Novel regulatory mechanisms and structural aspects of oxidative protein folding

Thesis event information

Date and time of the thesis defence

Place of the thesis defence

Leena Palotie auditorium 101A (Aapistie 5A). Remote access:

Topic of the dissertation

Novel regulatory mechanisms and structural aspects of oxidative protein folding

Doctoral candidate

Master of Science Antti Moilanen

Faculty and unit

University of Oulu Graduate School, Faculty of Biochemistry and Molecular Medicine, Protein and Structural Biology

Subject of study



Professor Neil Bulleid, University of Glasgow


Professor Lloyd Ruddock, University of Oulu

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Novel mechanisms of formation of protein structures

The basic unit of life, the cell, utilizes a great variety of molecules to sustain life. One such important molecule, with thousands of different types found in human cells, is protein. Proteins act in various biological roles, including formation of cellular structures, signaling within and between cells, as well as in immune system to protect against extracellular threats. Protein resembles beads on a string: it first forms a linear sequence of consecutive amino acid residues. To acquire biological function, protein must fold. During folding, amino acid residues start reacting with each other, and the linear chain compacts into a three-dimensional, often globular structure. In my doctoral research, I have studied chemical reactions of a specific amino acid, cysteine, which is involved in protein folding. Two cysteines can form a disulfide bond which stabilizes protein structure and may regulate the biological function of a protein. Together, disulfide formation and protein folding form a complex catalyzed process which must be aided by various cellular protein folding factors, including enzymes. I analyze the mechanism of action and interactions between such folding factors and their regulation to understand better, how cells form disulfides, fold proteins efficiently, and avoid folding mistakes. Industrial production of many important disulfide-containing proteins, including insulin and antibodies, is currently complicated and expensive due to the complexities connected to protein folding and disulfide bond formation. I hope that the results from this work will help solve those problems in the future.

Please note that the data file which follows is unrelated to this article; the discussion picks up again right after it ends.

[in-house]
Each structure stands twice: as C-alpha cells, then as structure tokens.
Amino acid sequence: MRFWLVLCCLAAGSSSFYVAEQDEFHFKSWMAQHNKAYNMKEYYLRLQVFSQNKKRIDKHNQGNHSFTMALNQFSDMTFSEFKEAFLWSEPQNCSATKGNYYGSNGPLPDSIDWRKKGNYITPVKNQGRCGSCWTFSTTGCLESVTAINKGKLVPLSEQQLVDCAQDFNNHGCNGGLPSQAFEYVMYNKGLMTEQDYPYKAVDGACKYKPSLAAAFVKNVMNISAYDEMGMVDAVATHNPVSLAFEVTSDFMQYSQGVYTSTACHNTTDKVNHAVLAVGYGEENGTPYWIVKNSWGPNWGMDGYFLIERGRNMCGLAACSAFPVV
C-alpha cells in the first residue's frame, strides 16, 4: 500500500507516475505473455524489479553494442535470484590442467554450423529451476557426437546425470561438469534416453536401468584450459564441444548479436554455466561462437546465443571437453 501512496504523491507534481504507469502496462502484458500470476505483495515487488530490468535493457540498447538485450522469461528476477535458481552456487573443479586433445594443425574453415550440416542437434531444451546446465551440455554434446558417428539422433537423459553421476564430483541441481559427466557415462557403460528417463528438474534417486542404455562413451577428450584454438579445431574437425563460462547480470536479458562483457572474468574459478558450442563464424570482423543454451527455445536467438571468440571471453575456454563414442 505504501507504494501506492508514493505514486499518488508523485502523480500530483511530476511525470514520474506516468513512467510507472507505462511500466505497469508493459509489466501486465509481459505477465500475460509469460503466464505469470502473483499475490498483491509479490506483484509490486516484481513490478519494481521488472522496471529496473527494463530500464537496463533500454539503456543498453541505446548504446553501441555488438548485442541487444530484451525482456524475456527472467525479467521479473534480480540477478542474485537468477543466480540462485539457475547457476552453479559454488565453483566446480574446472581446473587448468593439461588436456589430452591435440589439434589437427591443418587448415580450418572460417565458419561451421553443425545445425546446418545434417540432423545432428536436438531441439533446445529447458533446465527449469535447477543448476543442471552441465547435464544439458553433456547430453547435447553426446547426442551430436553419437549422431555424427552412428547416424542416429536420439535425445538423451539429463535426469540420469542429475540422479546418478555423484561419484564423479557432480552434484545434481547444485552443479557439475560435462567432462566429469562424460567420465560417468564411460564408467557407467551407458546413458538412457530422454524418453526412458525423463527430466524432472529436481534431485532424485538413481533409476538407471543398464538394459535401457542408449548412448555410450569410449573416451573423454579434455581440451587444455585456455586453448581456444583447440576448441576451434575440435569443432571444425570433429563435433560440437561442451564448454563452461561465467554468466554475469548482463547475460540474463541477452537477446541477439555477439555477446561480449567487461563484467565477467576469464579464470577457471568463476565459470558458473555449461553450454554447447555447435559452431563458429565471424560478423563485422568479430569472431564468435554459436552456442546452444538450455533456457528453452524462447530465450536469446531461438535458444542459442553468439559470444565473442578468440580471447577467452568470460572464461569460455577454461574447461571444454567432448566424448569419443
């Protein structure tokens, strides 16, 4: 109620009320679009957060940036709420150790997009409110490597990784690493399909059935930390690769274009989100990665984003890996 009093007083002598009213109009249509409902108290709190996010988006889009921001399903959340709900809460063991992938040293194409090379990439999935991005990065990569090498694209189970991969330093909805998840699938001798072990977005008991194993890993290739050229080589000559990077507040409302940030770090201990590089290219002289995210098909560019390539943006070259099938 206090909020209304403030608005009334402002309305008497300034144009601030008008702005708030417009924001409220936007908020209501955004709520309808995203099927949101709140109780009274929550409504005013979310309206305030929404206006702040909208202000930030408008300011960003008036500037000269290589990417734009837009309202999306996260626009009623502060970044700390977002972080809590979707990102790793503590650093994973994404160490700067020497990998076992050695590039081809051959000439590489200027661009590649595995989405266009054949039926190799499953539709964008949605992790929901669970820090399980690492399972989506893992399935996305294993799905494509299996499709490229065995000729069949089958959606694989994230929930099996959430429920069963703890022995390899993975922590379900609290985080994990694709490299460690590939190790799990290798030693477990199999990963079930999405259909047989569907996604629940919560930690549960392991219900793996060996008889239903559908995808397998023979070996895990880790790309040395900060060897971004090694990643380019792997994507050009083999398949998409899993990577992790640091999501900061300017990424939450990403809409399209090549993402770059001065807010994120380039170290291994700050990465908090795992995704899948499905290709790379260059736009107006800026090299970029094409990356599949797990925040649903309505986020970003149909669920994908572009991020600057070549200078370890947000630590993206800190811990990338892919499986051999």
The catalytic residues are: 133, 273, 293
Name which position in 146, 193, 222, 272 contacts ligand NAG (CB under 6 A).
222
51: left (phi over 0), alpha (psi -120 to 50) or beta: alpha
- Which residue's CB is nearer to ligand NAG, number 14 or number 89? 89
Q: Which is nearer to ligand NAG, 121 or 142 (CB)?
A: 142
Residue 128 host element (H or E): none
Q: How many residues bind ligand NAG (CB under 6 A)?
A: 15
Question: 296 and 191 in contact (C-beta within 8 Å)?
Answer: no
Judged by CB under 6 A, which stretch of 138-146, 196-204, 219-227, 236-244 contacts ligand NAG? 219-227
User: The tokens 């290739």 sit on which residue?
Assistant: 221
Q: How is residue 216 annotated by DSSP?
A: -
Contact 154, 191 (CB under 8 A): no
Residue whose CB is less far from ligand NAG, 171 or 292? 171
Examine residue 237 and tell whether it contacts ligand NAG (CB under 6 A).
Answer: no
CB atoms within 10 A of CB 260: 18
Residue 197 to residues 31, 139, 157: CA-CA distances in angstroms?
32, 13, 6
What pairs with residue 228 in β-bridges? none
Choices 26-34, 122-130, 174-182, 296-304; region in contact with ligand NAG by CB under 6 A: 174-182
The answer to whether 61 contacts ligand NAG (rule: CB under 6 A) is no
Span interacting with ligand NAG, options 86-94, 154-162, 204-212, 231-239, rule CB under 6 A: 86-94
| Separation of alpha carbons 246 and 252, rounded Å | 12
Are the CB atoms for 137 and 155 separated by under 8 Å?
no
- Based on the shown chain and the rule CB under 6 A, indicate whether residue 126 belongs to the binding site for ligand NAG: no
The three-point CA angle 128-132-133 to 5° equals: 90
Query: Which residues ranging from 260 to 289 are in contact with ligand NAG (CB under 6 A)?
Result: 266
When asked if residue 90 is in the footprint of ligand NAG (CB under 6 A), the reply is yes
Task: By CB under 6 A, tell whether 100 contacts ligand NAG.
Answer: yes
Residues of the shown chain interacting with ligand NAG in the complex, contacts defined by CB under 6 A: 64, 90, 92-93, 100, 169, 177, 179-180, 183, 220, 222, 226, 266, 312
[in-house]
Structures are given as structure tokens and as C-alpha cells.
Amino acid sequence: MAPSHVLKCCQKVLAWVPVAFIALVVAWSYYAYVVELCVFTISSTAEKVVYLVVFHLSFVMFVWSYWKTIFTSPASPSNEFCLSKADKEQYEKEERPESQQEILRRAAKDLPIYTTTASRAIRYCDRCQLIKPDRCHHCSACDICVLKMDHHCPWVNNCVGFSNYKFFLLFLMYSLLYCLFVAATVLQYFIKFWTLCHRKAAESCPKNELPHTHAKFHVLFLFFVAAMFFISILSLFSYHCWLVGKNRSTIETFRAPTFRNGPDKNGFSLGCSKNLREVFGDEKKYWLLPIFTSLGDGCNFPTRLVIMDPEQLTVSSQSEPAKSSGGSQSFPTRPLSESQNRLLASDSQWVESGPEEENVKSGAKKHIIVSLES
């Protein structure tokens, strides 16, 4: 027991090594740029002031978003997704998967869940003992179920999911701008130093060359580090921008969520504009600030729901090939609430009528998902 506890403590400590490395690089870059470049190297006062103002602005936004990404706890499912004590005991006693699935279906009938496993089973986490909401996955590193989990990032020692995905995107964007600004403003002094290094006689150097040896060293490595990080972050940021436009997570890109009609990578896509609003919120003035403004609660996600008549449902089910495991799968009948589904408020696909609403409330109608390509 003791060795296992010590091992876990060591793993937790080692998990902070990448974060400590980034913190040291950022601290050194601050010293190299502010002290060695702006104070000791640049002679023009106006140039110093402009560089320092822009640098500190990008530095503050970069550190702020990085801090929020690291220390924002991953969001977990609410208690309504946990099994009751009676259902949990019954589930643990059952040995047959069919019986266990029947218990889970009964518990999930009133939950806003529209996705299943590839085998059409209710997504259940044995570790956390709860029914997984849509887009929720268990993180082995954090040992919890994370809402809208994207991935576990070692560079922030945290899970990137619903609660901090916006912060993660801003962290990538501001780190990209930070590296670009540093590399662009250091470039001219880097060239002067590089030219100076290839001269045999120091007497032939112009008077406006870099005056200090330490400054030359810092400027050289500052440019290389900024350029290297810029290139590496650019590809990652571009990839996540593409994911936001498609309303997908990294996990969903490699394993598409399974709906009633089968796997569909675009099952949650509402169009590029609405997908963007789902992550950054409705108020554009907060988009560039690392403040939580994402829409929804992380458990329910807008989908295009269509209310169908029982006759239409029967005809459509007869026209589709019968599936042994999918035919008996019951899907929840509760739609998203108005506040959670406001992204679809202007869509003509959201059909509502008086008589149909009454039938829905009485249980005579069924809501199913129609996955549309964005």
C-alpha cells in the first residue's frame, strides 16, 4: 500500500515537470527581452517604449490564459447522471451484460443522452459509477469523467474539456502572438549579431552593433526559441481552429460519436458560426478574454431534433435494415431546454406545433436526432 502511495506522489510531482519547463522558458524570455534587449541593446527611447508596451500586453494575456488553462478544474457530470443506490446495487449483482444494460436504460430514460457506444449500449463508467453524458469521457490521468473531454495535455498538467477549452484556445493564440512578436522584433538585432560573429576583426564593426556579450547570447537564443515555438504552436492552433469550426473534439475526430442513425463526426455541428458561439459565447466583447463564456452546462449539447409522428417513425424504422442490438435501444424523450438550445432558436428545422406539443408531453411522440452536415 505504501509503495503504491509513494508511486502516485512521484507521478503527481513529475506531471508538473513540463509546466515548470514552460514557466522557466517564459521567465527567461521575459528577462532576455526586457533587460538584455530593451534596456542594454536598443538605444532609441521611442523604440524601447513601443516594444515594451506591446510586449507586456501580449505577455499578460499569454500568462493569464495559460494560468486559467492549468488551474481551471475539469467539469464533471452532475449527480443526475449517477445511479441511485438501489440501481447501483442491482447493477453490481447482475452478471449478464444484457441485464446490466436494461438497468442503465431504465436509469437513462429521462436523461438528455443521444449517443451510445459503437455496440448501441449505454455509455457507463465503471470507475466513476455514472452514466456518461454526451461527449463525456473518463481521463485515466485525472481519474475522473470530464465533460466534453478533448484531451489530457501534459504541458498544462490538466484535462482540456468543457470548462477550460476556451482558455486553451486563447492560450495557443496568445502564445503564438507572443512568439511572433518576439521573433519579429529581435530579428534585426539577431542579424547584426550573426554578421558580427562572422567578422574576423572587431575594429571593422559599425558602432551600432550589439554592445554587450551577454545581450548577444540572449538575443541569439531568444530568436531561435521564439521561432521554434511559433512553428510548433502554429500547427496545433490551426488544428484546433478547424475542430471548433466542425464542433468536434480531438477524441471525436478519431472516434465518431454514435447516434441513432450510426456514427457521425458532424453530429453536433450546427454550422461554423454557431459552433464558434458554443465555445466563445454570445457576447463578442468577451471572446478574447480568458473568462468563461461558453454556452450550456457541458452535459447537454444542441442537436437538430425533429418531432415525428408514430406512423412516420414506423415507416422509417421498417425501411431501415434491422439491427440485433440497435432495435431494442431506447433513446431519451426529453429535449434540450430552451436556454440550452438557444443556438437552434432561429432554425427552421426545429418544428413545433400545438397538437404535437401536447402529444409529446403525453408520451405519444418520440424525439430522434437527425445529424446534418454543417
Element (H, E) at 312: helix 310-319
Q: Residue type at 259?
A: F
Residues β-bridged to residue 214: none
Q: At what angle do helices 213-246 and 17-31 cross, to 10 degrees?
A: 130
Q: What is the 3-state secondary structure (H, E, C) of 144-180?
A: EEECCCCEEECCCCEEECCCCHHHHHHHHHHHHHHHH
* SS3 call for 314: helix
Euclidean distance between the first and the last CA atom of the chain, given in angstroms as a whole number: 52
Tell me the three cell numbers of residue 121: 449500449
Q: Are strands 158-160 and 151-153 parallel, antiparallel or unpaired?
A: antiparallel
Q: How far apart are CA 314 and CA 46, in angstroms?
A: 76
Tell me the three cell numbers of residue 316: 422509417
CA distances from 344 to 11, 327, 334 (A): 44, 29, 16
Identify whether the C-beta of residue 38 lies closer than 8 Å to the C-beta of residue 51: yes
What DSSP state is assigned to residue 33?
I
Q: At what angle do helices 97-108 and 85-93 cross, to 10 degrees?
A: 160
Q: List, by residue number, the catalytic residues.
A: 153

Last updated: 1.3.2023